the future we want


the future we want

'the future we want' declaration


Twenty years following the landmark 1992 World Summit on Sustainable Development, world leaders gathered once more in Rio De Janeiro in 2012 to renew their dedication to sustainable development. The Rio+20 Conference re-affirmed sustainable development commitments, stated clearly in the “The Future We Want” Declaration. In 283 paragraphs, world leaders “renew [their] commitment to sustainable development ... to ensure the promotion of an economically, socially and environmentally sustainable future for our planet and for present and future generations.” 

World leaders “resolve[d] to take urgent action to achieve sustainable development” and emphasised the need to ”[work] together to secure the future we want for present and future generations. "Given the inevitable role future generations will play in climate change, our children must be provided opportunities to understand, interpret and share their views on how the challenge should be tackled. The “Voices of Future Generations” initiative aims to provide a platform for children to do so.

Clubs, governments, schools and people like you started 700+ partnerships and mobilised over $515 billion. The future we want exists in the hearts and minds of our current and future leaders, and in the hands of us all.

To discover more about the UN's work on sustainable development, see the UN Division on Sustainable Development website.



UN Convention on the Rights of the Child

UN Convention on the Rights of the Child


All children are holders of important human rights. Twenty-five years ago in 1989, over a hundred countries agreed a UN Convention on the Rights of the Child. In the most important human rights treaty in history, they promised to protect and promote all children’s equal rights, which areconnected and equally important.

In the 54 Articles of the Convention, countries make solemn promises to defend children’s needs and dreams. They recognise the role of children in realising their rights, being heard and involved in decisions. Especially, Article 24 and Article 27 defend children’s rights to safe drinking water, good food, a clean and safe environment, health, quality of life. And Article 29 recognises children’s rights to education that develops personality, talents and potential, respecting human rights and the natural environment.

The “Voices of Future Generations” series is inspired by the rights outlined in the Convention on the Rights of the Child, namely Article 12 and 13, which affirm children’s right to participation and expression. Especially, given the nature of challenges such as climate change, which will disproportionately affect future generations, ensuring children’s participation and voice is of utmost importance.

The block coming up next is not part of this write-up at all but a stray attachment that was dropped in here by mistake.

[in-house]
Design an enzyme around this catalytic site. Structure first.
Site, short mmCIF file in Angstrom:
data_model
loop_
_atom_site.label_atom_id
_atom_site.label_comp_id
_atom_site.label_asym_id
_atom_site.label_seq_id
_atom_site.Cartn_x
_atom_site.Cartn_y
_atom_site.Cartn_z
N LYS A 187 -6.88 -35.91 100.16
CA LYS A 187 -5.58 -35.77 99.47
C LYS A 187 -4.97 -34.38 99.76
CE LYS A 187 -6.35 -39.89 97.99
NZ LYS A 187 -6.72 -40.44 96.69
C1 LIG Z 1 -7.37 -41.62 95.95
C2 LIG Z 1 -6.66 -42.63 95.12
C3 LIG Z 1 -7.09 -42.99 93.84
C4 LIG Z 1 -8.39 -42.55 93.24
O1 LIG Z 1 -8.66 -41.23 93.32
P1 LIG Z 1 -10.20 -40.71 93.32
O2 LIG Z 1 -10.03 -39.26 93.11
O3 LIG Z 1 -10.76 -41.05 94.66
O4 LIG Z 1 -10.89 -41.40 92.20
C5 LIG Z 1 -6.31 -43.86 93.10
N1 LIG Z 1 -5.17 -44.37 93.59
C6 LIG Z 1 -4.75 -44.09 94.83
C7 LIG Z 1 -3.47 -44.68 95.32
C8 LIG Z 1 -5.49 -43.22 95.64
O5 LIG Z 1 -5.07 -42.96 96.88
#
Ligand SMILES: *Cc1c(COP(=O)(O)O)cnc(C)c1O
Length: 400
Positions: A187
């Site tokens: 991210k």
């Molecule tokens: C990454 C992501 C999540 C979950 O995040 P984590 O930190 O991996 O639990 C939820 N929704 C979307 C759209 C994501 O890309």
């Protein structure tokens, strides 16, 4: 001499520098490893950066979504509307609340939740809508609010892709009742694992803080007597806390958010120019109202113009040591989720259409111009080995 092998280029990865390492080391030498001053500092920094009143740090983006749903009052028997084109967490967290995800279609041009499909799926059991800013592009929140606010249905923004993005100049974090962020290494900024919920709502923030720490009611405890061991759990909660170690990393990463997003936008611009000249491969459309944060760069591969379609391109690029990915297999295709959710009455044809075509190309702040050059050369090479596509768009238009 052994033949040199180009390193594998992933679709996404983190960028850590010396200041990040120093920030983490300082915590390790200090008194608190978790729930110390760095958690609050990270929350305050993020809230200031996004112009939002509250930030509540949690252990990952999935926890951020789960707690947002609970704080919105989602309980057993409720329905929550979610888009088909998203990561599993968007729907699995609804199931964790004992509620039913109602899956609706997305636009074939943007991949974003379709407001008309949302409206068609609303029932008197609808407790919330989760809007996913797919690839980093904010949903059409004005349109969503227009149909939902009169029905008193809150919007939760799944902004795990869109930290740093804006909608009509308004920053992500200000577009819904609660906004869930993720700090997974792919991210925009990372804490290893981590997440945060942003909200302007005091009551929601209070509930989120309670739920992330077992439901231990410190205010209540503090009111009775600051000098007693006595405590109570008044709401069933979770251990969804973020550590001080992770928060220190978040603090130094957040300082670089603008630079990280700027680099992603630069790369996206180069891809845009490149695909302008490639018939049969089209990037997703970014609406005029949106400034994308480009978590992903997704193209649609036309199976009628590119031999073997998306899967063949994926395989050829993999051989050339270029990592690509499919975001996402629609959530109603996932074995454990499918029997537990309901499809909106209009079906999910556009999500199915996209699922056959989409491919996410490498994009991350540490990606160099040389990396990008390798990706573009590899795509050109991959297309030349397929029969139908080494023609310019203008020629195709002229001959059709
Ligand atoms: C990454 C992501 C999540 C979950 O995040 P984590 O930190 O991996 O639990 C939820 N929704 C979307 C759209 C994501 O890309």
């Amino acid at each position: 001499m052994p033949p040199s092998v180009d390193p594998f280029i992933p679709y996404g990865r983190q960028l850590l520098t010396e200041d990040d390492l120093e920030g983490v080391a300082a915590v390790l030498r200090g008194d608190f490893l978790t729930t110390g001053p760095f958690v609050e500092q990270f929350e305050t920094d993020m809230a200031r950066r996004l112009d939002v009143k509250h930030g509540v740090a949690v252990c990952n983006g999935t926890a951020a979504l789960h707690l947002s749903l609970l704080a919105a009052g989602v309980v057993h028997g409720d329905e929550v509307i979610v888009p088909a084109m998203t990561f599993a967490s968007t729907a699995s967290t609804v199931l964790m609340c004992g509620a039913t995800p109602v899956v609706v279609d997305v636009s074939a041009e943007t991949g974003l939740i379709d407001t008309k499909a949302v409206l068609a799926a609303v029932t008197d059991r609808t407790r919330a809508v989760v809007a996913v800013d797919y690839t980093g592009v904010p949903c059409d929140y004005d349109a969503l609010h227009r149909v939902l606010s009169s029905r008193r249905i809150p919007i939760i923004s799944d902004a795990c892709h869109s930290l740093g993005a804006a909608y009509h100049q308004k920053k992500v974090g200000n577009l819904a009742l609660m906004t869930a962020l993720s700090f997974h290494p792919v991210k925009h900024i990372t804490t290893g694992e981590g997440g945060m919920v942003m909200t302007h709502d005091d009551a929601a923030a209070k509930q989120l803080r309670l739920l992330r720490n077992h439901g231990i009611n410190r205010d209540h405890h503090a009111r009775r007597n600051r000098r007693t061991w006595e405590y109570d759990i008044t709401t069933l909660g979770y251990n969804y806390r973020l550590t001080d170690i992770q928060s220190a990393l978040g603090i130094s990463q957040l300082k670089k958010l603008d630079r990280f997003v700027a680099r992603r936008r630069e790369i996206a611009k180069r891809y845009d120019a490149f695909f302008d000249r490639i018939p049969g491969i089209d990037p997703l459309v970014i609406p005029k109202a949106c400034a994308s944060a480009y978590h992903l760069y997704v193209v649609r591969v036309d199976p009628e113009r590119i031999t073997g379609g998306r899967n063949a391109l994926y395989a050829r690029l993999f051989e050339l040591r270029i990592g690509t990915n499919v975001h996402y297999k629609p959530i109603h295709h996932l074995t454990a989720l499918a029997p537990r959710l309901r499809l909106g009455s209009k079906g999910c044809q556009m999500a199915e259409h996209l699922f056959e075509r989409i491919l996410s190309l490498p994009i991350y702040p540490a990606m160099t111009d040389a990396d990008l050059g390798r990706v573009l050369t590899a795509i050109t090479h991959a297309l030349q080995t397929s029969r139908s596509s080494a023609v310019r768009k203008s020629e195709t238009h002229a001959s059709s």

Article 12 of the Convention makes a strong, open, call for children’s participation: State Parties shall assure to the child who is capable of forming his or her own views the right to express those views freely in all matters affecting the child, the views of the child being given due weight in accordance with the age and maturity of the child. 

The Convention continues in Article 13, declaring that: The child shall have the right to freedom of expression; this right shall include freedom to seek, receive and impart information and ideas of all kinds, regardless of frontiers, either orally, in writing or in print, in the form of art, or through any other media of the child’s choice. 

The convention is available here.

To discover more about the UN Convention on the Rights of the Child, see the Office of the High Commission on Human Rights' website.



Sustainable Development Goals

Sustainable Development Goals

Post-2015 sustainable development goals


On September 25th 2015, countries adopted a set of goals to end poverty, protect the planet, and ensure prosperity for all as part of a new sustainable development agenda. Each goal has specific targets to be achieved over the next 15 years.


What are the Sustainable Development Goals ?

Goal 1: End poverty in all its forms everywhere

Goal 2: End hunger, achieve food security and improved nutrition and promote sustainable agriculture

Goal 3: Ensure healthy lives and promote well-being for all at all ages

Goal 4: Ensure inclusive and equitable quality education and promote lifelong learning opportunities for all

Goal 5: Achieve gender equality and empower all women and girls

Goal 6: Ensure availability and sustainable management of water and sanitation for all

Goal 7: Ensure access to affordable, reliable, sustainable and modern energy for all

Goal 8: Promote sustained, inclusive and sustainable economic growth, full and productive employment and decent work for all

Goal 9: Build resilient infrastructure, promote inclusive and sustainable industrialisation and foster innovation

Goal 10: Reduce inequality within and among countries

Goal 11: Make cities and human settlements inclusive safe, resilient and sustainable.

Goal 12: Ensure sustainable consumption and production patterns

Goal 13: Take urgent action to combat climate change and its impacts

Goal 14: Conserve and sustainably use the oceans, seas and marine resources for sustainable development

Goal 15: Protect, restore and promote sustainable use of terrestrial ecosystems, sustainably manage forests, combat desertification, and halt and reverse land degradation and halt biodiversity loss

Goal 16: Promote peaceful and inclusive societies for sustainable development, provide access to justice for all and build effective, accountable and inclusive institutions at all levels

Goal 17: Strengthen the means of implementation and revitalise the global partnership for sustainable development